May 15

BOOK REVIEW: Twelve Extraordinary Women

12 Extra Women


Twelve Extraordinary Women: How God Shaped
Women of the Bible and What He Wants to Do with You
Author: John MacArthur

I write studies about women in Scripture for how our character and circumstances might be like theirs. So when I picked up this book, I knew I would like it.

Part of what I liked was that it was written by John MacArthur—a respected pastor and author. I really liked that he picked several of the women I had already written books about (Eve, Ruth, Mary) and some women I am in the process of writing about (Rahab, Hannah, Mary and Martha). I really, really liked that MacArthur focused on some of the same lessons from those women I had also focused on.

For people who might be looking for an overview, MacArthur’s book is a great way to introduce several women at once. Specifically, he looked at Eve, Sarah, Rahab, Ruth, Hannah, Mary, Anna, the Samaritan Woman at the well, Mary and Martha, Mary Magdalene and Lydia and took each woman in order as we meet them in Scripture.

Other authors have focused on women in the Bible, labeling some of them “bad girls” or elevating others above the rest of womankind. MacArthur did a lovely job of looking at them dispassionately as human women, giving the reader enough historical, cultural and scriptural background to help us make sense of their character and actions from our modern perspective.

For me, reading the book was an exciting continuation of my study of individual women in Scripture. But since the book is concise and easy to read, it could be the delightful beginning of such a study for a more casual reader. A bonus is that a workbook is available for an additional cost, making the book a possible topic for an organized women’s Bible study.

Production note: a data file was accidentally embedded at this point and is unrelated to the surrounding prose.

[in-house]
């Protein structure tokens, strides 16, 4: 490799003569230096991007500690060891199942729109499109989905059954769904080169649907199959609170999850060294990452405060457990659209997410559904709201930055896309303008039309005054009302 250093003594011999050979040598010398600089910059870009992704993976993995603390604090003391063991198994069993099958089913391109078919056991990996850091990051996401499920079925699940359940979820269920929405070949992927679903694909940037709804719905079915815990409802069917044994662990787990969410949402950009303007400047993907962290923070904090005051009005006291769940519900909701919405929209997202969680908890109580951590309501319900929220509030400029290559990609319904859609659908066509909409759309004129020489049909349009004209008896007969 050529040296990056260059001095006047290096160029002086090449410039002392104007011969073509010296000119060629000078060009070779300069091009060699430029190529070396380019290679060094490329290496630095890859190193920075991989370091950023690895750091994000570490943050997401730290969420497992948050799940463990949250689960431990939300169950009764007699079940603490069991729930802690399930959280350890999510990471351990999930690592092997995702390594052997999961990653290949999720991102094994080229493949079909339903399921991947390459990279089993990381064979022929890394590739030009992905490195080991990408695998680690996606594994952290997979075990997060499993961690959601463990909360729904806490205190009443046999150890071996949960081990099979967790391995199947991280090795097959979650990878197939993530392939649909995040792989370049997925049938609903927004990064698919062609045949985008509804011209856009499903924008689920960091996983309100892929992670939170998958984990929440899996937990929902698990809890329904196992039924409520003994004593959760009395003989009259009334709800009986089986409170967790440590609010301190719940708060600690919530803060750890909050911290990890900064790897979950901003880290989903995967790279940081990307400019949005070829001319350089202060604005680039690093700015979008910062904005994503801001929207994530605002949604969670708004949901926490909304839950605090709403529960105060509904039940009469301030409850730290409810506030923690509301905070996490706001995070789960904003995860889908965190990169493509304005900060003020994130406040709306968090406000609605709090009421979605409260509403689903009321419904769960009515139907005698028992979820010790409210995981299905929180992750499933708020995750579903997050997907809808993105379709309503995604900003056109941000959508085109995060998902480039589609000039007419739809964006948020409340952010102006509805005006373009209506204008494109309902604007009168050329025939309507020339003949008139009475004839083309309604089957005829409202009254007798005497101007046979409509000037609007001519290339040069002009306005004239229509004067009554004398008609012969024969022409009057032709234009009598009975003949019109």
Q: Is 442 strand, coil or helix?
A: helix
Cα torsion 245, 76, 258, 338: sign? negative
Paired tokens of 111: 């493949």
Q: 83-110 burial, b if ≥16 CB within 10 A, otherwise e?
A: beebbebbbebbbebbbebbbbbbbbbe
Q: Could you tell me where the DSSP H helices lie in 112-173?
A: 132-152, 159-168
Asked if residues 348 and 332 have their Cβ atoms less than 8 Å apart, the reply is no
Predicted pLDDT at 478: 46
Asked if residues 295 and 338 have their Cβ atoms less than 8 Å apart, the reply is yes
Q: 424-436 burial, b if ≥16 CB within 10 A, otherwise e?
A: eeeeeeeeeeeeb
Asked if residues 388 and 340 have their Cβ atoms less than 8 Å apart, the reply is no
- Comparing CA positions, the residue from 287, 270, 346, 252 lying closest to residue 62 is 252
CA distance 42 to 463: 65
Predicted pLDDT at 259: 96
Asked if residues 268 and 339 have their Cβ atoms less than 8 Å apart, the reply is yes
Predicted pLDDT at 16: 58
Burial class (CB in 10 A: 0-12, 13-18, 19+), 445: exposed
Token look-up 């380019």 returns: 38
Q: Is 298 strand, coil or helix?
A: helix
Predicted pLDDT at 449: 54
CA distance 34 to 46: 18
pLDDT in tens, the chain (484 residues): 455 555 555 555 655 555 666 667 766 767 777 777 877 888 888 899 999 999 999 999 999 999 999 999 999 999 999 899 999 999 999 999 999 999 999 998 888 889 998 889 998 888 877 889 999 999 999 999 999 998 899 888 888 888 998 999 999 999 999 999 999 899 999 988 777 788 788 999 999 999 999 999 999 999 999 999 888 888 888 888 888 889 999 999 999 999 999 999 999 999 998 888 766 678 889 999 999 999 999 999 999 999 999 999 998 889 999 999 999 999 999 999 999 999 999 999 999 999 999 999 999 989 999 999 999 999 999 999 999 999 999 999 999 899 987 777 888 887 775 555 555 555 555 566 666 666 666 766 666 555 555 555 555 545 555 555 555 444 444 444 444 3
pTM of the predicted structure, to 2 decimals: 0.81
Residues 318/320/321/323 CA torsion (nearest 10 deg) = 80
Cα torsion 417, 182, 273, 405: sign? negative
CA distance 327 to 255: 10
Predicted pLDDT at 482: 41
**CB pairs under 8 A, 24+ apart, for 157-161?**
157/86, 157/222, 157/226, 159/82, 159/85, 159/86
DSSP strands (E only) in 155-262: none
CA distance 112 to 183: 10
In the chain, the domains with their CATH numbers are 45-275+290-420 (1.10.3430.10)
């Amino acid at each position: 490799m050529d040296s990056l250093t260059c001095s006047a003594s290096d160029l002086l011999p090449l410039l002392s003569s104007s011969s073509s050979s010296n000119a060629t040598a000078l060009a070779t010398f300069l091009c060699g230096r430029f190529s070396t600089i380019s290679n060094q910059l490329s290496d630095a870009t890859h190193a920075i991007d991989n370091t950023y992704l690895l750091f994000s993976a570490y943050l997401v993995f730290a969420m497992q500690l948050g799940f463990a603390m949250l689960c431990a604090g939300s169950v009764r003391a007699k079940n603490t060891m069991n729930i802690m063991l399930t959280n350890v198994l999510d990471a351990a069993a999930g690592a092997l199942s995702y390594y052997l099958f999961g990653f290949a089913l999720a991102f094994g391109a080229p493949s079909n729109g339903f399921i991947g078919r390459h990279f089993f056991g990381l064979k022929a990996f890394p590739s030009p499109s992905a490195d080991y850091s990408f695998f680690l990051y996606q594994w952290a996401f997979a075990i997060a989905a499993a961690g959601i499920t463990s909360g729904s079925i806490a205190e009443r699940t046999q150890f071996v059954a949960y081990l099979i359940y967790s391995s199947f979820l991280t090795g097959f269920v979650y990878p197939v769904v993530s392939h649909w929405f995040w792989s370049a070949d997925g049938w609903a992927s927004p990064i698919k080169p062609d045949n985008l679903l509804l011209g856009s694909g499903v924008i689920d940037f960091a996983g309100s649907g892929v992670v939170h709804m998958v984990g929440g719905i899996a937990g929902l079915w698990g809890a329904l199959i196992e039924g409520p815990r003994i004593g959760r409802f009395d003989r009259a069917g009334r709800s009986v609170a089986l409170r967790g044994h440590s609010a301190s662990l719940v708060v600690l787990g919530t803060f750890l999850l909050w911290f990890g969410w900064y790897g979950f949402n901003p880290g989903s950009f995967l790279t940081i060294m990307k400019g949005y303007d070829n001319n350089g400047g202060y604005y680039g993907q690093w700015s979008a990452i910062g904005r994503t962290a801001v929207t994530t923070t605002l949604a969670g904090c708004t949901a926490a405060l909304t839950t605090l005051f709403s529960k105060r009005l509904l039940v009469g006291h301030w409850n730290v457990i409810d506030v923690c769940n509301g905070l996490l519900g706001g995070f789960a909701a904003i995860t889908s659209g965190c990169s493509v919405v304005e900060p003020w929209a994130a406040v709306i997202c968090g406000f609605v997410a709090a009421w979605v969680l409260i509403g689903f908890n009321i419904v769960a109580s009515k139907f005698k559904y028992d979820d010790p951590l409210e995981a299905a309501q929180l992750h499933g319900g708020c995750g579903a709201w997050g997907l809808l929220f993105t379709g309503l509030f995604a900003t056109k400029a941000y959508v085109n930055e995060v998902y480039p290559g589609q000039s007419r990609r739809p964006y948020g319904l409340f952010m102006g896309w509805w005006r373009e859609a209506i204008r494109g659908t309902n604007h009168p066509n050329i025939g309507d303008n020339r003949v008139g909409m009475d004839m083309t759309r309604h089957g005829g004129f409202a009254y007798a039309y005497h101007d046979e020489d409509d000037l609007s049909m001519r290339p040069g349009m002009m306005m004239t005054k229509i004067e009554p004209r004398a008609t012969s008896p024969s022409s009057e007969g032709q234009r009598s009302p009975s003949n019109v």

Twelve Extraordinary Women nicely complements MacArthur’s previous book, Twelve Ordinary Men, a study of Jesus’ 12 disciples.

People’s lives have been recorded in Scripture—sometimes as examples for how to live; sometimes as examples of how not to live (or what we can learn from their mistakes). Twelve Extraordinary Women could be an inspiration for modern women seeking to live their faith today.


May 08

TEMPLE: It’s (not) All About Me



When I settled on temple as my focus word for 2017, I thought the word would instill a motivation to improve my health and perhaps show me ways God wanted to use my physical body to do His work.

But as always happens when God is involved, He is using that word to expand my thinking.

2017 brought several health issues to the lives of people I love. First my brother-in-law, for whom my husband has custodial care, went to emergency and ended up with surgery. The very next day after he returned home, we took my 95-year old mother to emergency for flu complications and multiple heart attacks. The next two months my husband was diagnosed with three very serious health issues, that have resulted in surgery, upcoming chemo treatments, more surgery later in the year and a life-long prospect of painful monitoring.

The first four months of 2017 have taught me to think about temple with new understandings:

  1. Just as we are required to take care of the physical (and emotional and spiritual) welfare of children God has entrusted us with, He also expects us to help care for the physical (and emotional and spiritual) needs of family members and other adults we know.